Commonly Asked Questions Appears in Georgia Aquarium's:
Range / Habitat
- Whale shark occurs worldwide in the tropical Atlantic, Pacific, and Indian Oceans between about 30 degrees North and 35 degrees South. It has been sighted as far as 41 degrees North and 36.5 degrees South, and is very rarely found in the Mediterranean Sea.
- Typically found offshore but will come close inshore, sometimes entering lagoons or coral atolls. Frequents shallow water areas near estuaries and river mouths, sometimes during seasonal plankton blooms.
- Whale shark is the largest of all fishes. Because of its size and cartilaginous skeleton, it is very difficult to weigh accurately. Females are larger than males, as in most shark species.
- The largest accurately measured whale shark was 40 feet 7 inches (12.2 m), although there are anecdotal reports of a 60-foot (18 m) whale shark in 1925.
- The average length is between 18 and 32.8 feet (5.5 - 10 m).
- Newborns measure 21 to 25 inches (53 - 64 cm) long.
- Body Composition
- Whale shark has a broad, flat head, small eyes, five large gill slits, two dorsal fins, two long pectoral fins, and a large sweeping tail. It has a vestigial spiracle behind the eye, which may be evidence of evolution from bottom-dwelling carpet sharks.
- Unlike most shark species, its mouth is located at the front of the head instead of the underside of the rostrum.
- The whale shark has a huge mouth which can reach up to 4 feet (1.4 m) across located at the front of the head.
- The skin of a whale shark can be as thick as 4 inches (10 cm), which limits possible predators to killer whales, great white sharks, tiger sharks and humans.
- Whale shark has a two-toned pattern of light spots on its dark gray back with a white underside.
- A whale shark’s strong pattern and coloration may be evidence of its evolutionary relationship to benthic carpet sharks.
- Teeth of the whale shark are tiny and pointed backward; thought to have no function in feeding.
- There are about 300 rows of tiny teeth along the inner surface of each jaw, just inside the mouth.
Diet / Feeding
- Consists of zooplankton (krill, larvae, jellies, copepods, etc) and small fishes (sardines, anchovies, etc).
- Can only swallow small prey because its throat is very narrow, often compared to the size of a quarter.
- Feeding behaviors
- Whale shark uses multiple feeding methods:
- The first is considered passive feeding, where the shark swims with its mouth open, continually collecting food as it goes.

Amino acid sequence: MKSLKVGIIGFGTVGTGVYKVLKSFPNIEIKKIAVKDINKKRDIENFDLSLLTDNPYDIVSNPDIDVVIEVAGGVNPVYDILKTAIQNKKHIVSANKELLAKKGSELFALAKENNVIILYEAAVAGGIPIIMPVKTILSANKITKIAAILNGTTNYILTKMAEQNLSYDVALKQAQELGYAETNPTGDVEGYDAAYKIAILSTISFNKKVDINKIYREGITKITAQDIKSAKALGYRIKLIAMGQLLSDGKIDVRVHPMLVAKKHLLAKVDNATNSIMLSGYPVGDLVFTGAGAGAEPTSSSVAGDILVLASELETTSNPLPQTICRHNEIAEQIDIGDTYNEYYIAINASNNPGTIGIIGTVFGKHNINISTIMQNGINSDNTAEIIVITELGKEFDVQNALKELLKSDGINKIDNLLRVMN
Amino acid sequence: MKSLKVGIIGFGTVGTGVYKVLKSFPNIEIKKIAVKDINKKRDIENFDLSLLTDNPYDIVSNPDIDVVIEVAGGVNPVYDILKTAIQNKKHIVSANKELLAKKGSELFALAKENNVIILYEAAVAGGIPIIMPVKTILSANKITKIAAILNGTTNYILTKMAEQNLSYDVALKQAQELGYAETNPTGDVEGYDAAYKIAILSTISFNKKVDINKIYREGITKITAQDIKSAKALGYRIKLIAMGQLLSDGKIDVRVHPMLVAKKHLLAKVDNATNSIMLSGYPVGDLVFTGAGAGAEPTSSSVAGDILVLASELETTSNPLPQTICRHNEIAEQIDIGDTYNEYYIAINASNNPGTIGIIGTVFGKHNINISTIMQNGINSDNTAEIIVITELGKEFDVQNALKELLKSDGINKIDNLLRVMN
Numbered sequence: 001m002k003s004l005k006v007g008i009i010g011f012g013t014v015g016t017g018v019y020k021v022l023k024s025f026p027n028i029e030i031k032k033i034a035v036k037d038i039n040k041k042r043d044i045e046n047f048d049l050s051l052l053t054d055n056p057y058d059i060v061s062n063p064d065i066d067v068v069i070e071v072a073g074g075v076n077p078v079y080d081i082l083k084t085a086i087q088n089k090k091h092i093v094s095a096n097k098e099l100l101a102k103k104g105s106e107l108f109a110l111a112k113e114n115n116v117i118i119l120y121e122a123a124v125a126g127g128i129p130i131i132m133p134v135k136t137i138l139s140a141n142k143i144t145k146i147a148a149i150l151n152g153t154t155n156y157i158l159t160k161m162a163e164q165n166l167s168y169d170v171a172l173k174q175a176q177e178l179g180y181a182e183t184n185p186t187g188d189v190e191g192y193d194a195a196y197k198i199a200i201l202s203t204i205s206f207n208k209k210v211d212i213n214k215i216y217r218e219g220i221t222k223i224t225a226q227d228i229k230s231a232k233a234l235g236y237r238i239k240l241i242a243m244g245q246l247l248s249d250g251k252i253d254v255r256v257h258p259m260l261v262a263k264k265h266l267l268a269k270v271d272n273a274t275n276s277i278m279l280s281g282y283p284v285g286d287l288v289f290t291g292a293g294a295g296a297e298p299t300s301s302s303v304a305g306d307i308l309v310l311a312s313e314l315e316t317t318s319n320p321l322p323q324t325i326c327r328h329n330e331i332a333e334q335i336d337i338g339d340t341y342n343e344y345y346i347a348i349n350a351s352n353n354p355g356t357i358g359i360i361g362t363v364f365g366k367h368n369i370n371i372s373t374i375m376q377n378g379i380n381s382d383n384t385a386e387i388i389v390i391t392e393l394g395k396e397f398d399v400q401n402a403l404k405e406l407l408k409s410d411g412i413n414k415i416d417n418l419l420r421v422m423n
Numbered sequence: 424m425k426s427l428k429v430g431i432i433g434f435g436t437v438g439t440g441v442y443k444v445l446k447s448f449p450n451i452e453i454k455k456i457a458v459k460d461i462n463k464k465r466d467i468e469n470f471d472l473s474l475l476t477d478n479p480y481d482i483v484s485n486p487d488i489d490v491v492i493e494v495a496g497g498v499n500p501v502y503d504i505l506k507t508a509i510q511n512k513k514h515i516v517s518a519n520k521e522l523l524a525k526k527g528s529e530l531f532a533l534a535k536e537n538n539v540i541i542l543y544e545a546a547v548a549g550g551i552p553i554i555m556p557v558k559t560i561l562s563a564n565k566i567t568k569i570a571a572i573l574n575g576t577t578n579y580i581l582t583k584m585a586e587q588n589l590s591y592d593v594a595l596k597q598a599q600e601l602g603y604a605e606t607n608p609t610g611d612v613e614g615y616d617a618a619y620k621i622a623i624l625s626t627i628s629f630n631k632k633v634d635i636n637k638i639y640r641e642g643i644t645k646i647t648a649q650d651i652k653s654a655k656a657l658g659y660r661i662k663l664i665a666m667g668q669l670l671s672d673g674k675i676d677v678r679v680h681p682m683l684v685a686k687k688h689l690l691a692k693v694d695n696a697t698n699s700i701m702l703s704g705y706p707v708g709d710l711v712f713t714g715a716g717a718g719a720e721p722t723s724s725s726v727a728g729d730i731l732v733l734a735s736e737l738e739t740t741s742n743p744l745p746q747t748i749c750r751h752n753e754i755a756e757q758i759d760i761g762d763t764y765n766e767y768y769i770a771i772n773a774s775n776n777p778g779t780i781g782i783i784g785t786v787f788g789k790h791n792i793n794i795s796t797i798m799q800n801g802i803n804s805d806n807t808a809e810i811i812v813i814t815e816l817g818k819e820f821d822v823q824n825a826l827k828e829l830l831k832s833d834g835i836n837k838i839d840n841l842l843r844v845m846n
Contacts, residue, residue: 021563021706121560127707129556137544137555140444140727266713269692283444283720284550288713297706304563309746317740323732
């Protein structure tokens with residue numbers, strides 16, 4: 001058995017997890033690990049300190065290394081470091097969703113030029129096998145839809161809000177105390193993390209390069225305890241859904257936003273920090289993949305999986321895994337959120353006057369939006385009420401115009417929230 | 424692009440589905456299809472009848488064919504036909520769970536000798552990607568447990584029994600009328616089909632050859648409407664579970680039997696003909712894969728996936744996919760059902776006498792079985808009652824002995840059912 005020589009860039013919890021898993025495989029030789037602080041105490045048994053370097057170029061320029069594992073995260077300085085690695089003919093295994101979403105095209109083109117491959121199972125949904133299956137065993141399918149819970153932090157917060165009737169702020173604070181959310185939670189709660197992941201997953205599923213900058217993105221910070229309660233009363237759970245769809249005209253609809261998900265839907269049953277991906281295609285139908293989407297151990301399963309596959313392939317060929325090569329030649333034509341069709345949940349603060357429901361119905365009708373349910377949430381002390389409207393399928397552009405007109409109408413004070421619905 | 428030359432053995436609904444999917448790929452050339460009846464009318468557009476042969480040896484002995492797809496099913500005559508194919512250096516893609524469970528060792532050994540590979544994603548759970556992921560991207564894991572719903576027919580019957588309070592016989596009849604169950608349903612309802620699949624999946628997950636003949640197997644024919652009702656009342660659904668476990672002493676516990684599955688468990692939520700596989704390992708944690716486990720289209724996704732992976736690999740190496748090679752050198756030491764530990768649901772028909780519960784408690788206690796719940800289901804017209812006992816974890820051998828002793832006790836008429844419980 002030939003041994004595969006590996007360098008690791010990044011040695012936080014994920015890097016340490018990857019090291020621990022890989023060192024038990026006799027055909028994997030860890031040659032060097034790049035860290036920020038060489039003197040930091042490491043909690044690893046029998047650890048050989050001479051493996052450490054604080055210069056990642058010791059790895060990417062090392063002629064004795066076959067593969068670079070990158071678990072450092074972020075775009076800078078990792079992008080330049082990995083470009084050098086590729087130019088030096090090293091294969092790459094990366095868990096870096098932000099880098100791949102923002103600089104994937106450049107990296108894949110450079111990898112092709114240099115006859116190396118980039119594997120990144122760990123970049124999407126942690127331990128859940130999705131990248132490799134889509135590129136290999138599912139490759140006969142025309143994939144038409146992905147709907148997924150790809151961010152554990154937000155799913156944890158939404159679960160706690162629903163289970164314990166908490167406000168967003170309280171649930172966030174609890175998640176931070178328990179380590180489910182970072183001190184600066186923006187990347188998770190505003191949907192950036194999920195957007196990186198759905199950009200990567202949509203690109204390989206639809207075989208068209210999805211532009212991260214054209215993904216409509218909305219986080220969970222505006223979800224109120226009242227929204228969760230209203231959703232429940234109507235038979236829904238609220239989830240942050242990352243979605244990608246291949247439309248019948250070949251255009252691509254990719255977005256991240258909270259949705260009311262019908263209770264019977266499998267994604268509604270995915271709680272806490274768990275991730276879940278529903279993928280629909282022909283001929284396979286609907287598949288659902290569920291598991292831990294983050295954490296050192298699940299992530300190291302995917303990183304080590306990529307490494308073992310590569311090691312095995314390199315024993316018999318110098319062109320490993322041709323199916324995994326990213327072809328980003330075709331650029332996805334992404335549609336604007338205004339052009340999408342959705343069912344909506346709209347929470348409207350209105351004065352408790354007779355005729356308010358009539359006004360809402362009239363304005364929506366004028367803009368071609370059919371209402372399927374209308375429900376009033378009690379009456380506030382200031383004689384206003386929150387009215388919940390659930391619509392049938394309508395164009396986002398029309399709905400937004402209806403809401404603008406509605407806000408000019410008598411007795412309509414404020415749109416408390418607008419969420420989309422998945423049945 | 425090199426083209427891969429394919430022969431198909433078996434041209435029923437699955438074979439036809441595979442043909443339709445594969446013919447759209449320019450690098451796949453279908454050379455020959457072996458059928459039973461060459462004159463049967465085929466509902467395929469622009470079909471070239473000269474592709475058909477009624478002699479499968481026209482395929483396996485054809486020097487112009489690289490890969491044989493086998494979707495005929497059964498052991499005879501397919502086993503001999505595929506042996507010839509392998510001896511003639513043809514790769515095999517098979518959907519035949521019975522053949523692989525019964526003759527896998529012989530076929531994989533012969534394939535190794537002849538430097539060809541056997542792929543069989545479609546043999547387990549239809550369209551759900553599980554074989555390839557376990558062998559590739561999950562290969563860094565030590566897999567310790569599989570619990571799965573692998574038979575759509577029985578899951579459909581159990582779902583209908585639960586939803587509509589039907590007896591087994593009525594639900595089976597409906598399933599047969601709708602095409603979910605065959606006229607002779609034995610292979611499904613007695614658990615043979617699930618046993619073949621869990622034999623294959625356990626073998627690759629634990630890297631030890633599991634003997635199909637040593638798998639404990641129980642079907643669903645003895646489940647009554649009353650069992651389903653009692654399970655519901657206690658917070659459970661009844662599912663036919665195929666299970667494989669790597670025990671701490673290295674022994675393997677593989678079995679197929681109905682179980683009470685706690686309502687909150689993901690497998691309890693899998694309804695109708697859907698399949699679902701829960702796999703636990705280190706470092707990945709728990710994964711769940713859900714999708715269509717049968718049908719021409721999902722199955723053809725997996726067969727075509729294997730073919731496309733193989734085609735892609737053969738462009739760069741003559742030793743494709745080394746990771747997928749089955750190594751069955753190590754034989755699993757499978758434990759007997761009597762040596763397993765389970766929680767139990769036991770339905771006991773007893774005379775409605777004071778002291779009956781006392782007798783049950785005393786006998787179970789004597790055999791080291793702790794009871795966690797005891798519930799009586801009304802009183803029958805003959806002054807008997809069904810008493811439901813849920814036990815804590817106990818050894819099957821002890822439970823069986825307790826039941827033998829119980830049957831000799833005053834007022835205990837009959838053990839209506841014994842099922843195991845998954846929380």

- When food concentrations are high, the shark will use one of two suction-type feeding methods:
- One where the shark hovers vertically, nearly motionless.
- Another where the shark swims normally.
- During these feedings, the shark will open and close its mouth, creating a strong suction, bringing in larger volumes of water.
- When the sharks are fed in Ocean Voyager, they employ this suction-type feeding style, while following feeding ladles along the surface.
- During horizontal feeding, part of its head may be lifted out of the water. It will open and close its mouth 7 to 28 times per minute with suction gulps synchronized with the opening and closing of the gill slits.
- Strains food through specialized “pads” that sit in front of their gills. The pads catch food particles as the water passes over them and out past the gills.
Reproduction / Growth
- The whale shark is ovoviviparous, meaning the embryo is formed within an egg retained in the mother’s uterus. At term, the young are released into the sea fully-formed. The litter size can be over 300 pups.
- Very little is known about whale shark mating behavior as it has never been observed in either its natural habitat or in an aquarium setting.
- “Vulnerable” on the IUCN Red List.
- Appendix II of CITES.
- World populations of whale sharks have decreased dramatically in recent years due to heavy fishing driven by market demand in Asia for whale shark meat and shark fins.
- Swim Speed
- Whale shark is slow-swimming and often seen feeding at the surface.
- Usual swim speed when feeding at the surface is roughly 2 knots (a typical walking pace at 2.3 mph). When cruising, it averages about 2.5 knots (2.9 mph). When alarmed, the whale shark has been observed accelerating to a body length per second for very short bursts.
- Known to be highly migratory, ranging thousands of miles. It will migrate between ocean basins and national jurisdictions, but will usually return to the same sites annually.
SourcesSharks & Rays. Hennemann, R. M.